Monday, March 23, 2009


If Oliver Stone can manage to make me feel bad and take pity upon George W, then I think I can say that the movie is probably worth seeing for folks all over the political spectrum. I was expecting (or was I hoping for?) a scathing expose on the man dubbed King George by many an adoring fan for his disregard for the US Constitution, trampling of American civil rights, and asshole-esque swagger.

His rocky adolescence - which lasted long after puberty mind you - was a warty glass of beer, but Ws conversion was portrayed as authentic and touching, a defining moment in the man's life. His religious devotion was handled with care and compassion, detailing the man who really did, as best he could, love and follow God as he understand Him.

I was surprised at how Stone characterized the yellow cake uranium issue. Contrary to the vast left-wing conspiracy, Stone left us with the impression that W was truly duped into drinking someone's Kool-Aid (Rove, Cheney, Rumsfeld?) believing that Hussein really had WMDs.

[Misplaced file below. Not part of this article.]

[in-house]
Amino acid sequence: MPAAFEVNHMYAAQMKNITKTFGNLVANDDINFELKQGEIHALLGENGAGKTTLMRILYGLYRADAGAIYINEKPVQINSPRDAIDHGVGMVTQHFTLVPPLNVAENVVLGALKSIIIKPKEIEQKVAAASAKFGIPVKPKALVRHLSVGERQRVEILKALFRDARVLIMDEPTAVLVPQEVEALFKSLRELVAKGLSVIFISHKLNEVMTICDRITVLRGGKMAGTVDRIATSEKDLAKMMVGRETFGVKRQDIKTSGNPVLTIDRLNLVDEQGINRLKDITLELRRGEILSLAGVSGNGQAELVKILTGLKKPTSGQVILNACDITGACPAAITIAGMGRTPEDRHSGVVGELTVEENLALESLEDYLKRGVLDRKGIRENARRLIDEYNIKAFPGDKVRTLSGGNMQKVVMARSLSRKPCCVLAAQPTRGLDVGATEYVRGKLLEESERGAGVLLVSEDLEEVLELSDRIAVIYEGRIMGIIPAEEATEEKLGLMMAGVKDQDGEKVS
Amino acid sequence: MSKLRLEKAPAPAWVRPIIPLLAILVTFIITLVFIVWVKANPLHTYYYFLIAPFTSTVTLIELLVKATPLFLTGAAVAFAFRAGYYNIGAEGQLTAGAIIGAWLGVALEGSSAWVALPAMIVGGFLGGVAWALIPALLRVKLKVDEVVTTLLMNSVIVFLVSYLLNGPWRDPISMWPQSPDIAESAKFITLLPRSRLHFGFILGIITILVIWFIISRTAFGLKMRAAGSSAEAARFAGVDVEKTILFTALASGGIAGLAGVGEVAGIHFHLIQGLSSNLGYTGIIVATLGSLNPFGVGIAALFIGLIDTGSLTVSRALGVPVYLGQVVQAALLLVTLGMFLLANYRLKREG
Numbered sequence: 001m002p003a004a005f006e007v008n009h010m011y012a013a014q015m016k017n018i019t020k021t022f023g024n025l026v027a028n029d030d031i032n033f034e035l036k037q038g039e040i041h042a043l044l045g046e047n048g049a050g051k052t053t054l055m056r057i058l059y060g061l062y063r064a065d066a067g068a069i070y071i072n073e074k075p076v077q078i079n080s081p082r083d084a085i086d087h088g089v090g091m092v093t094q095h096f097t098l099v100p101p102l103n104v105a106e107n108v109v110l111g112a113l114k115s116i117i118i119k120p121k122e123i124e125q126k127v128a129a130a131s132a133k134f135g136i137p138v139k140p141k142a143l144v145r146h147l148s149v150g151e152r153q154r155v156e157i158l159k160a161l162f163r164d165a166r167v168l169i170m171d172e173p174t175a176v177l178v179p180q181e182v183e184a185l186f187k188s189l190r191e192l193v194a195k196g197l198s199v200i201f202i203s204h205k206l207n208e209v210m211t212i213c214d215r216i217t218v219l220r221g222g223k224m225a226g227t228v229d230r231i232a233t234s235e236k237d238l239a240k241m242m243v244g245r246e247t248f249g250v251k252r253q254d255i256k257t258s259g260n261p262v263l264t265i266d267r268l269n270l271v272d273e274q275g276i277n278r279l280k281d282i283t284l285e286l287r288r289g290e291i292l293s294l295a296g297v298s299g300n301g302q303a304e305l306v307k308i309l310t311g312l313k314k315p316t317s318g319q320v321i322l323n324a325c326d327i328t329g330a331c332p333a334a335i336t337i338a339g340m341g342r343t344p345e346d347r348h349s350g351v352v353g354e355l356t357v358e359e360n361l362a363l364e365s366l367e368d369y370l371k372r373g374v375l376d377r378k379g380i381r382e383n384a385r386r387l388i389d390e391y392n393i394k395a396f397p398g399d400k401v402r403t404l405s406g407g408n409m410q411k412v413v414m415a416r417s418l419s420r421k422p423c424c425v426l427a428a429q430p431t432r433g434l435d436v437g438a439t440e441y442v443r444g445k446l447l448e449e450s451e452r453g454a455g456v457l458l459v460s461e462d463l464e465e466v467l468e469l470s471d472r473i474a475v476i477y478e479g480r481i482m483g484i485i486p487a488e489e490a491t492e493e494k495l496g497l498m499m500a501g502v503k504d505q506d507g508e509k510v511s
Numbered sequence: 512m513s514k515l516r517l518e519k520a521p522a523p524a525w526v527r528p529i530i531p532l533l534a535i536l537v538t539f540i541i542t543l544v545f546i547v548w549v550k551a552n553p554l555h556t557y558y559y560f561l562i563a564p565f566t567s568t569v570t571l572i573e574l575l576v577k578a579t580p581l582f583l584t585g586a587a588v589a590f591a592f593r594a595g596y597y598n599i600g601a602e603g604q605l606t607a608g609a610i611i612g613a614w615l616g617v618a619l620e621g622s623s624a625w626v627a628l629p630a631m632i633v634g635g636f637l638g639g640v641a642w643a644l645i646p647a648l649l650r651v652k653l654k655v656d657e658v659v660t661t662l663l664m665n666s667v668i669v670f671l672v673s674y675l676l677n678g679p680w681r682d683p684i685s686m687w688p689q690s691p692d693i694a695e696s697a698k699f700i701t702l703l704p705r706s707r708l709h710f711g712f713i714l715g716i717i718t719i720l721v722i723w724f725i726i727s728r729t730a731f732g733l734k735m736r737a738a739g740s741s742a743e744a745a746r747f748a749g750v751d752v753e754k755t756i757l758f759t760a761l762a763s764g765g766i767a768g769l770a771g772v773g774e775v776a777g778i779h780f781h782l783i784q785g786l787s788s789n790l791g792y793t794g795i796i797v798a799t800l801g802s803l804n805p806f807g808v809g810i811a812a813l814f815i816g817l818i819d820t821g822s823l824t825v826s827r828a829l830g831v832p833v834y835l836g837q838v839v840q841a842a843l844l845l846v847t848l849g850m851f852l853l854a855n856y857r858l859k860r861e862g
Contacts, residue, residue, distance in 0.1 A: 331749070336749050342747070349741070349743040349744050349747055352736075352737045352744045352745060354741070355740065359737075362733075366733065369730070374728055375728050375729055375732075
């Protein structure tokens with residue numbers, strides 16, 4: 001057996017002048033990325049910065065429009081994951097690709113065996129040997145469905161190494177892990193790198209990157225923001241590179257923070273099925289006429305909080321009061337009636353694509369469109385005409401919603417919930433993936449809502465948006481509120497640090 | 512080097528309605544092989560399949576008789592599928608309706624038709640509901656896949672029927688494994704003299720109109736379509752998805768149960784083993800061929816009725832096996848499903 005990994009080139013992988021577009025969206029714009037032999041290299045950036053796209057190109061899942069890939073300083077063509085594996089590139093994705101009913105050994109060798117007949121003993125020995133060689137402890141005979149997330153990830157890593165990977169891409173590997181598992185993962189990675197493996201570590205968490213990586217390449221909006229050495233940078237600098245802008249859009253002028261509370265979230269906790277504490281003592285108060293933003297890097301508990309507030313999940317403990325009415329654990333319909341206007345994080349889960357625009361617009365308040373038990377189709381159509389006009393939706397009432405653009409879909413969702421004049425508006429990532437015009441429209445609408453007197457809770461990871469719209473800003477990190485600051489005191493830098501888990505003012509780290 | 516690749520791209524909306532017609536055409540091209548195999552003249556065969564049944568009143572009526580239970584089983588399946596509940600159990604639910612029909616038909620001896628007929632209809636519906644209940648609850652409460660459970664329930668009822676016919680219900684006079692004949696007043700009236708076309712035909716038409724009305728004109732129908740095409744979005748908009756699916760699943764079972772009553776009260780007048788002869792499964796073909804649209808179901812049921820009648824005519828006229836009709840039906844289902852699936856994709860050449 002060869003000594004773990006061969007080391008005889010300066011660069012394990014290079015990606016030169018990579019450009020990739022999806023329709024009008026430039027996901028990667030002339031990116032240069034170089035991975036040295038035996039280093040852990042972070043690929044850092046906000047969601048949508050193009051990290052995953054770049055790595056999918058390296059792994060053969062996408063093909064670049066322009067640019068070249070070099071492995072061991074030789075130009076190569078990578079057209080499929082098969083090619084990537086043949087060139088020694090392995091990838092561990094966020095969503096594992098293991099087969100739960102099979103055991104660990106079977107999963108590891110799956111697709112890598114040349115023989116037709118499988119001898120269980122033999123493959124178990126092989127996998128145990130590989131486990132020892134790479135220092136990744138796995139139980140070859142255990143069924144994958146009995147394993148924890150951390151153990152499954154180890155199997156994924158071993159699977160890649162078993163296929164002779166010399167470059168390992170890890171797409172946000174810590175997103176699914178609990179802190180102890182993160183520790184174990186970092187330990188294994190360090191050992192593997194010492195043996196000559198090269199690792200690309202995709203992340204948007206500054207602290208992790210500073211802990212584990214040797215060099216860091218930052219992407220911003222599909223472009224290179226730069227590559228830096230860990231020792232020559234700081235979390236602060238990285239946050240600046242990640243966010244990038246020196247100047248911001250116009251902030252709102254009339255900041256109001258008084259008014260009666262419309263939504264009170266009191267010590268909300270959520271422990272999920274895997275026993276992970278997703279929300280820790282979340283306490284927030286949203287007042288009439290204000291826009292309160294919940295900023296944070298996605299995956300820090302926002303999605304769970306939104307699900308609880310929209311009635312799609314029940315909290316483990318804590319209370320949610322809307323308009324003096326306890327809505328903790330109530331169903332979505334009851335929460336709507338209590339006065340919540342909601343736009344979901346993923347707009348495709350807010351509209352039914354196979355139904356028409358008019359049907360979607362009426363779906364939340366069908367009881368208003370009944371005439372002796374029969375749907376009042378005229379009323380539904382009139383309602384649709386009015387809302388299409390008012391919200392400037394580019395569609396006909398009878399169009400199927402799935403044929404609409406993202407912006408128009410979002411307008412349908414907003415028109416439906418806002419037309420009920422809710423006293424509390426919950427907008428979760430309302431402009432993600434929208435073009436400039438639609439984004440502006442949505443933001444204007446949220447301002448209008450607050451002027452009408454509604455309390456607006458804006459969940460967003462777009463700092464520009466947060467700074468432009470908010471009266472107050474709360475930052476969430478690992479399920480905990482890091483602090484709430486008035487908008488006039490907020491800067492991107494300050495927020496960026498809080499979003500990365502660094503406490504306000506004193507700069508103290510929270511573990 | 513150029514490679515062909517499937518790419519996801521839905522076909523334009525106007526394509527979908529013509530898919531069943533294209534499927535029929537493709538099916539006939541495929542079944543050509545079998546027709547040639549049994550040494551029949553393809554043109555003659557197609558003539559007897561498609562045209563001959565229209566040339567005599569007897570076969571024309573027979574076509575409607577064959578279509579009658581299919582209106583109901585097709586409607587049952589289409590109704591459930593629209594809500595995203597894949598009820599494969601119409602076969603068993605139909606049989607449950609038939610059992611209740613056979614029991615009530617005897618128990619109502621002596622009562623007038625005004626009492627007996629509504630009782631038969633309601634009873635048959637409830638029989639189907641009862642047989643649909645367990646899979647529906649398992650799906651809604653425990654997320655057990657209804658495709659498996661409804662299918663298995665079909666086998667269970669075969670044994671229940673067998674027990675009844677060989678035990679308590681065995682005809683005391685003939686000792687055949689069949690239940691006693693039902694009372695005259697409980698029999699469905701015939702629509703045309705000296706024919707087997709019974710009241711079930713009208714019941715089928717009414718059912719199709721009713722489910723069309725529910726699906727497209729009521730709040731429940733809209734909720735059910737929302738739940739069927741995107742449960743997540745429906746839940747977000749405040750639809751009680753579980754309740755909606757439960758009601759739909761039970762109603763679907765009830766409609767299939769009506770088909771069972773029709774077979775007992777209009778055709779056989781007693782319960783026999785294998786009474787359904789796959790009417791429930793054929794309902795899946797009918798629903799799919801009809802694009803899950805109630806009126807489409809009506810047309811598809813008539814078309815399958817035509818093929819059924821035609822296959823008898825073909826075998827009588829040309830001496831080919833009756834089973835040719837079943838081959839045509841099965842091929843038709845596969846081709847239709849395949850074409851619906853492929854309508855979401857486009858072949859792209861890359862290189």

That is all beside the point, Stone's point anyway. The focus of the film was not on Bush's mistakes in Iraq (although they were presented), instead keeping the lens on the relationship between W and daddy, or as they were called in the movie: Junior and Poppy.

Who knows if George HW Bush actually had the disdain for his son that was portrayed in the movie, but the implication is one that makes sense from a certain view. A man who stood in his father's shadow and was determined to earn that admiration and respect by creating a legacy and finishing daddy's battle. Oh yeah, oil played a part too, as did imperialism. Don't be surprised to hear the word empire uttered once or twice.

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